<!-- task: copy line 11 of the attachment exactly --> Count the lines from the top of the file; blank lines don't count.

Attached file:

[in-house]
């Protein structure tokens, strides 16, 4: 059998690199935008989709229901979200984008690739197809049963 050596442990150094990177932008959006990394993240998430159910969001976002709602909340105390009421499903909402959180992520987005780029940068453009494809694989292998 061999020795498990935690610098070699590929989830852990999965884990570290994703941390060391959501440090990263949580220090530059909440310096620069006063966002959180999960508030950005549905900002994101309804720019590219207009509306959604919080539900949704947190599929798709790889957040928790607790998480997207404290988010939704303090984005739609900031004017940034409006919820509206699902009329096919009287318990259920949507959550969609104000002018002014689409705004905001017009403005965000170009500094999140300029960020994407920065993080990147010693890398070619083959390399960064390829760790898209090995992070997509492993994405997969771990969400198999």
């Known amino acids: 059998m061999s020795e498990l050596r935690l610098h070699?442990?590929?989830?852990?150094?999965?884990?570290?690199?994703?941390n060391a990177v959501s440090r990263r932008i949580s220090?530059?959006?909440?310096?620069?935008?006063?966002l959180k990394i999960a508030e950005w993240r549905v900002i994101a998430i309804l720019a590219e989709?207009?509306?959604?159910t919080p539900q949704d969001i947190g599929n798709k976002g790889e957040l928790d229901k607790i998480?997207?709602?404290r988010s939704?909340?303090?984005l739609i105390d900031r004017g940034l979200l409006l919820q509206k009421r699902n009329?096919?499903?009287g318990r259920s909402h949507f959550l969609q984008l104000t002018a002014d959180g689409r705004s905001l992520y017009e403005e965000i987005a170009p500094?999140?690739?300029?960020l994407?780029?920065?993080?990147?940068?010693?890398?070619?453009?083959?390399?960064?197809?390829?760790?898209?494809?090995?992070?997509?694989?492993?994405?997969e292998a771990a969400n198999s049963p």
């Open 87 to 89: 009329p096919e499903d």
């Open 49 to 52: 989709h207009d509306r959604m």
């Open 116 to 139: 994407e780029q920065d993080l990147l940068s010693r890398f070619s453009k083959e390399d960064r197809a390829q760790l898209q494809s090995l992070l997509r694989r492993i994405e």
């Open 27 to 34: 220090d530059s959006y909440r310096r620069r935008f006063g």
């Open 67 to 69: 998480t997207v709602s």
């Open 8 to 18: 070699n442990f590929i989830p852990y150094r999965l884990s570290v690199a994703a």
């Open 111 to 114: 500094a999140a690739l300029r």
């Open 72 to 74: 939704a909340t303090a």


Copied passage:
């Open 72 to 74: 939704a909340t303090a």